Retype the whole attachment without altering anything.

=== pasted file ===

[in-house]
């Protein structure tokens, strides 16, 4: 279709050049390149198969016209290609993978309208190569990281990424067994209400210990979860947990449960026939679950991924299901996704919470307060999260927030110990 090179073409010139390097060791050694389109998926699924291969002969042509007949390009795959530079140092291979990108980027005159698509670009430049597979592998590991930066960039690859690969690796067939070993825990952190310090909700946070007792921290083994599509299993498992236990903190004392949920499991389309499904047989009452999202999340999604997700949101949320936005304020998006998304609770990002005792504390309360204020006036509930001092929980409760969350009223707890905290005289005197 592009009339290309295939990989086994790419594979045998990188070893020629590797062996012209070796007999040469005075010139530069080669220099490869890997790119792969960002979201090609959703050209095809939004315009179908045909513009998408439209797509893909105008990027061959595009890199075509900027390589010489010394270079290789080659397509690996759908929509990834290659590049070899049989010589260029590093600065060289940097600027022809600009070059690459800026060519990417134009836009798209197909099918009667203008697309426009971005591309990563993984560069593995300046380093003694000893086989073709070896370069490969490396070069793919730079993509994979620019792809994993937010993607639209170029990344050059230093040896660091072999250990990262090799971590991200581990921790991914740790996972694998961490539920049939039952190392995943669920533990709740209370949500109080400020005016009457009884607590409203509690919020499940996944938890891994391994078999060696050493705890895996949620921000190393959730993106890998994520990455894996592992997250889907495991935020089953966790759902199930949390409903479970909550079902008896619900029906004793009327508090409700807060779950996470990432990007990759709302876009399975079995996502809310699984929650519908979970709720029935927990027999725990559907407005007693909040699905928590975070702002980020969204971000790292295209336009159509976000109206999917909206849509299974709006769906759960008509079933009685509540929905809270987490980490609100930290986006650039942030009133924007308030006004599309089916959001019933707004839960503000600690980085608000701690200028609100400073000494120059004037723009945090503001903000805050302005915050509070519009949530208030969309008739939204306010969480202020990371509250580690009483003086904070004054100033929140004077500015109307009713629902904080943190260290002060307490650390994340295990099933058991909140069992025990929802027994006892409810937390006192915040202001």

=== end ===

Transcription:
[in-house]
């Protein structure tokens, strides 16, 4: 279709050049390149198969016209290609993978309208190569990281990424067994209400210990979860947990449960026939679950991924299901996704919470307060999260927030110990 090179073409010139390097060791050694389109998926699924291969002969042509007949390009795959530079140092291979990108980027005159698509670009430049597979592998590991930066960039690859690969690796067939070993825990952190310090909700946070007792921290083994599509299993498992236990903190004392949920499991389309499904047989009452999202999340999604997700949101949320936005304020998006998304609770990002005792504390309360204020006036509930001092929980409760969350009223707890905290005289005197 592009009339290309295939990989086994790419594979045998990188070893020629590797062996012209070796007999040469005075010139530069080669220099490869890997790119792969960002979201090609959703050209095809939004315009179908045909513009998408439209797509893909105008990027061959595009890199075509900027390589010489010394270079290789080659397509690996759908929509990834290659590049070899049989010589260029590093600065060289940097600027022809600009070059690459800026060519990417134009836009798209197909099918009667203008697309426009971005591309990563993984560069593995300046380093003694000893086989073709070896370069490969490396070069793919730079993509994979620019792809994993937010993607639209170029990344050059230093040896660091072999250990990262090799971590991200581990921790991914740790996972694998961490539920049939039952190392995943669920533990709740209370949500109080400020005016009457009884607590409203509690919020499940996944938890891994391994078999060696050493705890895996949620921000190393959730993106890998994520990455894996592992997250889907495991935020089953966790759902199930949390409903479970909550079902008896619900029906004793009327508090409700807060779950996470990432990007990759709302876009399975079995996502809310699984929650519908979970709720029935927990027999725990559907407005007693909040699905928590975070702002980020969204971000790292295209336009159509976000109206999917909206849509299974709006769906759960008509079933009685509540929905809270987490980490609100930290986006650039942030009133924007308030006004599309089916959001019933707004839960503000600690980085608000701690200028609100400073000494120059004037723009945090503001903000805050302005915050509070519009949530208030969309008739939204306010969480202020990371509250580690009483003086904070004054100033929140004077500015109307009713629902904080943190260290002060307490650390994340295990099933058991909140069992025990929802027994006892409810937390006192915040202001």